What’s the latest on when Americans will be able to travel to Spain from the US?

What's the latest on when Americans will be able to travel to Spain from the US?
AFP
As Europe continues to tweak the opening of its external borders to, it seems that visitors from America will have to wait a little longer. Here's what is happening with Spain's travel rules for Americans.

The EU on Thursday published its revised list of 'safe' countries which it recommends members allow travellers to enter from – but the USA is still not on it.

Europe began to open up its external borders on July 1st (after opening up travel within Europe from June 15th) and at that time the EU said that the list of 'safe' countries would be revised every two weeks.

The first revised list has now been published, and no new countries have been added but Serbia and Montenegro have been removed from the list.

The list will be revised again in another two weeks.

So what does this mean for Americans?

Firstly, the travel rules are based around where you are coming from, not what passport you hold. So a US citizen travelling from Germany, for example, would be permitted to enter Spain because there are no travel between Germany and Spain.

READ ALSO: Everything visitors to Spain need to know about its Covid-19 travel rules

 

Secondly, this does not affect US citizens who are permanent residents of Spain or other EU countries, although they will need to show proof of residency at the border.

Essential travel has been permitted throughout the lockdown and this continues, although the definition of essential travel into the EU is stricter than many countries' individual rules and does not include a category for family emergencies (more detail below).

So this latest ruling really affects tourists, second home owners and those wishing to visit family and friends in Spain.

This will now stay in place until at least July 30th.

Is it a final ruling?

The EU's list is advisory and member states are free to impose different rules if they want (as for example Italy has done) so in theory Spain could decide to allow in visitors from the US anyway.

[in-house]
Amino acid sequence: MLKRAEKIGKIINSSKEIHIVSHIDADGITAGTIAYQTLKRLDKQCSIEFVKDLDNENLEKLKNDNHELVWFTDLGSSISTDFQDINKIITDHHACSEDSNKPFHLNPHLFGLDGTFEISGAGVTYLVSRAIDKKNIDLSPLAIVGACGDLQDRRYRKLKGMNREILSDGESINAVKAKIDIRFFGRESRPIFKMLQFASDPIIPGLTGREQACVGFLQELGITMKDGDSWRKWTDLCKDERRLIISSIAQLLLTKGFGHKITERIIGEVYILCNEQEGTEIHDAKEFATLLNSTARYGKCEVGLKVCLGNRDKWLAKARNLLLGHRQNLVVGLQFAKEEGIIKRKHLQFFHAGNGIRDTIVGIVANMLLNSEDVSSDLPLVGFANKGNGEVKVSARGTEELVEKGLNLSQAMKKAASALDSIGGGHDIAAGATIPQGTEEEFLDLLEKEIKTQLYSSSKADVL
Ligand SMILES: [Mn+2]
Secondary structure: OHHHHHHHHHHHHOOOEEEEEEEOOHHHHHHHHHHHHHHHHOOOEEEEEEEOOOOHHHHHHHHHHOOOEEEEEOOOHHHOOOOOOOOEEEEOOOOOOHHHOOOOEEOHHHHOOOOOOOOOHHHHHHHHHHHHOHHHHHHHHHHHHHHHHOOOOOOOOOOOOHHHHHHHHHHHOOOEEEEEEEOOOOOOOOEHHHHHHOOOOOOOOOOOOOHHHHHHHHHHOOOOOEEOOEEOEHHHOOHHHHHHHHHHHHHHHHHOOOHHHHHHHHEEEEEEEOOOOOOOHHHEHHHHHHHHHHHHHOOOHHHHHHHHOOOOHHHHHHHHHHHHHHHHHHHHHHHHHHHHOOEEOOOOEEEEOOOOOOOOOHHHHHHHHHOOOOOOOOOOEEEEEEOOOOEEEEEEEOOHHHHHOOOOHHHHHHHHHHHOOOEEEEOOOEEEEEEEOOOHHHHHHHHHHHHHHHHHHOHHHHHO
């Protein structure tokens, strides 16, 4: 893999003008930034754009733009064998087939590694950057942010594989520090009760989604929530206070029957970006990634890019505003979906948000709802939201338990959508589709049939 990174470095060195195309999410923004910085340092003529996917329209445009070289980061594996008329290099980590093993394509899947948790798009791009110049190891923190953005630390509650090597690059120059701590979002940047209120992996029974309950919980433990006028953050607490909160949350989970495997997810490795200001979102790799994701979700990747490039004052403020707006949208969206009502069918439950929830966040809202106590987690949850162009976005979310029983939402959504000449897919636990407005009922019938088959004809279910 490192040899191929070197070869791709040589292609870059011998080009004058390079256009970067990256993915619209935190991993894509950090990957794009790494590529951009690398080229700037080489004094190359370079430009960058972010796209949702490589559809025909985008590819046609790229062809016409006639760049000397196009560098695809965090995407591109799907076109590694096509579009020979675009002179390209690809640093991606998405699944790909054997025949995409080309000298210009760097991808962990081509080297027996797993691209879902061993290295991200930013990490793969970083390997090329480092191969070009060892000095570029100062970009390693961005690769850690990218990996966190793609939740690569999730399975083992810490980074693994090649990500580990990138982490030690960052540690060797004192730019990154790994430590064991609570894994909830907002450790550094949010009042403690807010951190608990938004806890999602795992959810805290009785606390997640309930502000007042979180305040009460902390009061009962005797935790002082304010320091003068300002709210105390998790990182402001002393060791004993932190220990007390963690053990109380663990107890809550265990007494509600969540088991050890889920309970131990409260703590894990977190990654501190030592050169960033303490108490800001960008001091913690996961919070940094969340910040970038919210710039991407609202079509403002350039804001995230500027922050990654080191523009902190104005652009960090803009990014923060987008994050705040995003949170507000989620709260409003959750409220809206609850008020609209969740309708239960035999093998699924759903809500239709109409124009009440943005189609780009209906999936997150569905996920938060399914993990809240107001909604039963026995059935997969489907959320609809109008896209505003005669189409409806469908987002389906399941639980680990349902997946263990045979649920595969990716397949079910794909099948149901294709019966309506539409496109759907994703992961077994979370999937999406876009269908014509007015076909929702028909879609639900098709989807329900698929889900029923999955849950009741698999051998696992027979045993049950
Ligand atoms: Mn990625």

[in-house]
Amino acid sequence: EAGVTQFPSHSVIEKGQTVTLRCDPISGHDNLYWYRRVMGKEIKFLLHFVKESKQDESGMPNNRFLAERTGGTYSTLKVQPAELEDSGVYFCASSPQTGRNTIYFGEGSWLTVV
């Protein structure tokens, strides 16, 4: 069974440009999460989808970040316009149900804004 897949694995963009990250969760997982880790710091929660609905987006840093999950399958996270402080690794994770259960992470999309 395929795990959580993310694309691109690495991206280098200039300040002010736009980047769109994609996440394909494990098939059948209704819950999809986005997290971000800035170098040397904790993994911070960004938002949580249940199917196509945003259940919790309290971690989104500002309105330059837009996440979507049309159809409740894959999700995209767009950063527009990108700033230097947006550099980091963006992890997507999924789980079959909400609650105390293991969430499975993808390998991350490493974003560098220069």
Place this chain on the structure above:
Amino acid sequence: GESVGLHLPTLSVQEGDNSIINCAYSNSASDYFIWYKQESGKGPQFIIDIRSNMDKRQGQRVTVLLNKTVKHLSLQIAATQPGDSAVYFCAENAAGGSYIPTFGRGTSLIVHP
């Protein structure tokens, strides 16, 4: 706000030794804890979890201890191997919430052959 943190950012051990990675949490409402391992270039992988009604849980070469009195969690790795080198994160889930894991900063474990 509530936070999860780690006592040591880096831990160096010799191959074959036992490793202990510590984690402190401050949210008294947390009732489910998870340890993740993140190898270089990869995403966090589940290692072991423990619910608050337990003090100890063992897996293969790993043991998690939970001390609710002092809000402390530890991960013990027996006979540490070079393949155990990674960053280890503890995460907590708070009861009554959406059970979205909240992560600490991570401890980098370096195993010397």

There's another list due at the beginning of August but the list is largely based on the health situation in individual countries, so how quickly the ban on American tourists is lifted really depends on the evolution of the coronavirus epidemic in the US.

Countries were included on the safe list if the coronavirus outbreak in the country was judged to be the same or better than that EU average. The bar was fixed at 16 cases per 100,000 people over the last two weeks.

The revised list of 'safe' countries is: Algeria, Australia, Canada, Georgia, Japan, Morocco, New Zealand, Rwanda, South Korea, Thailand, Tunisia and Uruguay. China is also provisionally on the list, if reciprocity requirements are met.

Who can travel from the US to Spain?

The European council' statement says: “For countries where travel restrictions continue to apply, the following categories of people should be exempted from the restrictions:

  • EU citizens and their family members
  • long-term EU residents and their family members
  • travellers with an essential function or need, as listed in the recommendation.

In the European council's recommendation these are the “Specific categories of travellers with an essential function or need”:

  • Healthcare professionals, health researchers, and elderly care professionals; Frontier workers;
  • Seasonal workers in agriculture;
  • Transport personnel;
  • Diplomats, staff of international organisations and people invited by international organisations whose physical presence is required for the well-functioning of these organisations, military personnel and humanitarian aid workers and civil protection personnel in the exercise of their functions;
  • Passengers in transit;
  • Passengers travelling for imperative family reasons;
  • Seafarers
  • Persons in need of international protection or for other humanitarian reasons
  • Third-country nationals travelling for the purpose of study;
  • Highly qualified third-country workers if their employment is necessary from an economic perspective and the work cannot be postponed or performed abroad.

It's important to remember however that travellers will ultimately have to convince border guards that they meet one of the above categories.


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